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Hank Williams III
Hank Williams III is the biggest ripoff in American music since Hank Williams Jr. His name isn’t even Hank. It’s Shelton. He adopted the name–"Hank III," his album reads, like a movie sequel–late in his youth for the sole purpose of capitalizing on a valuable trademark. His songs are weak. And he doesn’t even write most of them. At least his estranged father can say that he writes music, even if that means the theme to Monday Night Football. And then there’s the matter of his grandfather, a founder of country music as well as its last real survivor before the style was transformed into modern pop. Hank I’s music, following in the tradition of Jimmie Rodgers and the black blues singers who instructed him on how to play the guitar, painted a grim portrait of America as a lonely, desolate, purgatorial highway with predators and hellhounds around every turn.
Hank III’s songs are just about getting fucked up and hootin’ and hollerin’. Shelton Williams, 26, reportedly spent his early years with little or no connection to Bocephus or the rest of the Williams clan, raised by his mother. He hung out in Georgia and eventually played in some punk bands. Then he got the idea to masquerade as the scion of the Williams family of country music. His debut was The Three Hanks, released by Curb records in 1996, a piece of exploitation matched only by "There’s a Tear in My Beer"–Bocephus again.
Tonight the Rodeo Bar is packed with people just dying to get one glimpse of the grandson of Hank Williams, and who can blame them. But there’s nothing to see, or hear. The guy looks a little like Hank I. So do half the guys in here, minus all the arm-length tattoos. So he has a voice that sort of sounds like granddad. So what. Pinch your nose and you can do the same. On the Rodeo Bar’s p.a. system, the low end of Hank’s mic has been cut out to make his voice more closely resemble the thin whine of Hank I’s old records. His songs are harmless ditties that chug along, a pantomime of his grandfather’s music that is only half alive; what life it has is due only to its essential deviousness.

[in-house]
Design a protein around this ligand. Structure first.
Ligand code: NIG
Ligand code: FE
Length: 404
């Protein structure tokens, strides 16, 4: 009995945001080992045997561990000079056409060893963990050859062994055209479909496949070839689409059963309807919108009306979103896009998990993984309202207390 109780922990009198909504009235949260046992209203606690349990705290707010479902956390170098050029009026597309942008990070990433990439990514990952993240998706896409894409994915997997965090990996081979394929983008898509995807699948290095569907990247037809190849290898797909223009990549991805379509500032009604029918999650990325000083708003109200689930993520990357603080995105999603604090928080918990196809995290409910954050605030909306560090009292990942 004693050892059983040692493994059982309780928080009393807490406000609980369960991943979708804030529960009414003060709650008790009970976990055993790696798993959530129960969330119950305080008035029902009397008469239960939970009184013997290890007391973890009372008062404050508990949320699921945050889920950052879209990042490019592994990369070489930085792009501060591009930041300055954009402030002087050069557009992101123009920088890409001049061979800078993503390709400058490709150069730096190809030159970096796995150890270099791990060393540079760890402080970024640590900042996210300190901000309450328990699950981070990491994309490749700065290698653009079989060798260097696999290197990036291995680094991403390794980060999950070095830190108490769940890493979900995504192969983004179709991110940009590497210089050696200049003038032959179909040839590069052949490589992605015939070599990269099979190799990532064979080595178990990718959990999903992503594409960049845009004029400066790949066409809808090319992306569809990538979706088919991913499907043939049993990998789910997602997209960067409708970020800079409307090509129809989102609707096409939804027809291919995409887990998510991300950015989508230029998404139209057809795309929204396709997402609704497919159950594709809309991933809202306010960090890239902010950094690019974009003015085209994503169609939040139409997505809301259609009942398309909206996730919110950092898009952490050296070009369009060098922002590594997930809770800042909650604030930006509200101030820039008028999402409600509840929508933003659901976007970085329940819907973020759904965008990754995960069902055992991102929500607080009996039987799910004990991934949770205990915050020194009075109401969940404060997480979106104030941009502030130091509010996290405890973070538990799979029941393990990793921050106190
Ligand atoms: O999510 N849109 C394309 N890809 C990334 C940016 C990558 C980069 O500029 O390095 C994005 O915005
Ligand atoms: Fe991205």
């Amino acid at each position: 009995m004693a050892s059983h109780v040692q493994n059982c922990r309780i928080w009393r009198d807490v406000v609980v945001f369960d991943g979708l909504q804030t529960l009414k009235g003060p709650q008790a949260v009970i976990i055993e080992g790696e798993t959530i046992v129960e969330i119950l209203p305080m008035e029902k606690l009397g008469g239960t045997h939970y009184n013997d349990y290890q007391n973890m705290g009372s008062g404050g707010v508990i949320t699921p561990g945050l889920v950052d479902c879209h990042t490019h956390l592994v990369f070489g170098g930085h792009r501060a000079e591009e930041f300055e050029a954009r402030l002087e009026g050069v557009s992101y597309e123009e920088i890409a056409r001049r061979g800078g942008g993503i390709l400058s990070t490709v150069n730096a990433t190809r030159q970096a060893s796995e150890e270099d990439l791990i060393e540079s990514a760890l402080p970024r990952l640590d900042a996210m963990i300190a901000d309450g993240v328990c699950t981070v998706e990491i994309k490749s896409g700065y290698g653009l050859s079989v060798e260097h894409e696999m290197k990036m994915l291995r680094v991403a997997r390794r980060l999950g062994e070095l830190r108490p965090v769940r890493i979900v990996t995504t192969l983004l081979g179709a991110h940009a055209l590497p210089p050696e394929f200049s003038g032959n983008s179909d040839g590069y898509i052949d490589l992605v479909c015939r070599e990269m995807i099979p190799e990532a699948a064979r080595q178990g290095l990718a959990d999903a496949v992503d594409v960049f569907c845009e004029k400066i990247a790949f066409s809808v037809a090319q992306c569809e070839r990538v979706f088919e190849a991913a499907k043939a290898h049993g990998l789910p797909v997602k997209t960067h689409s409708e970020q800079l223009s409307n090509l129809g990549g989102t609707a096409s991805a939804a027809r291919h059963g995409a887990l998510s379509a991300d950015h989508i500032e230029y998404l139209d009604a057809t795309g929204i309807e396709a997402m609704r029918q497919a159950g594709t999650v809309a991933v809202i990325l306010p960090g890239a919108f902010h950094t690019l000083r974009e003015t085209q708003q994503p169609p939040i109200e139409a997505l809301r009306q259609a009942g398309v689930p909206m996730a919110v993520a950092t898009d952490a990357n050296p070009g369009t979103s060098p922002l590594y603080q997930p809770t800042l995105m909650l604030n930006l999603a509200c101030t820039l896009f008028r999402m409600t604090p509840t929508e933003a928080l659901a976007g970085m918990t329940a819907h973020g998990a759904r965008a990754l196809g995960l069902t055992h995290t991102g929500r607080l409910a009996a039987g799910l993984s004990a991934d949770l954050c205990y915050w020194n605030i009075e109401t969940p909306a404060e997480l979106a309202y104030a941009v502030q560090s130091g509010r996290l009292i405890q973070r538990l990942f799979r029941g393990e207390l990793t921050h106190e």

I would like to hear what the real Shelton Williams sounds like. He’s got to have some real emotions. He grew up without a father and has a $300-a-week pot habit. Why this elaborate disguise? Why drop punk? If that’s what he loves, and if that’s where he’s found his voice–not the voice of a relative he never knew who died nearly 20 years before he was born–then why not stick with it? I can think of no American musical descent more fascinating or telling than a line that goes from the proto-country of Hank I to the bloated glitz of Hank II to the punk rock of Shelton, the prodigal grandson. Come on, Shelton, let it out.
Just how long did Ben Sisario hang out for the Hank Williams III show on Feb. 27 at the Rodeo Bar ("Live Dates," 3/15)? Did he stay for the full two and a half hours of balls-out music? Did he pop in and listen for a song or two until the crowd got to be too much for him? Without benefit of actually watching the entire show (during which Hank/Shelton did, in fact, "let it out"), did Sisario decide to write a review of live music based upon the dudes moniker? I dont really see what the dudes name has got to do with anything. Question is, can he do it? Can he deliver? Can he create that vibe that makes going out for music worthwhile? Does he have any chops? Is he just another Nashville refugee in a big-ass hat? Is he just trying to cop his grandpappys style? Is he doing anything new with music, with live music in particular? If Mr. Sisario had actually seen the show, the entire show, he could answer, or at least address, these questions. If he split, if he couldnt handle the crowd, well, shit, I guess hed have to dismiss Williams altogether and whip up some word salad on the dudes name.
According to Ben Sisario (if thats his real name), "Hank Williams III is the biggest ripoff in American music since Hank Williams Jr. His name isnt even Hank...his songs are weak. And he doesnt even write most of them."
But if Joe Ely does a Tom Russell song, does that mean that Joe Ely is any less of a songwriter? When Jimi Hendrix did "All Along the Watchtower," did people say, "Shit, thats not even his song"? While its true that Wayne Hancock (whose name and lineage are, Im pretty sure, legit) wrote a bunch of tunes on the album, I dont see what the fuck that has to do with a review of a live date.
On the subject of Hank taking on his moniker, I have only this to say: George Sand, Tennessee Williams, David Bowie, Mark Twain, h.d., Elvis Costello and Bob Dylan.
Harlan Longstreet, Brooklyn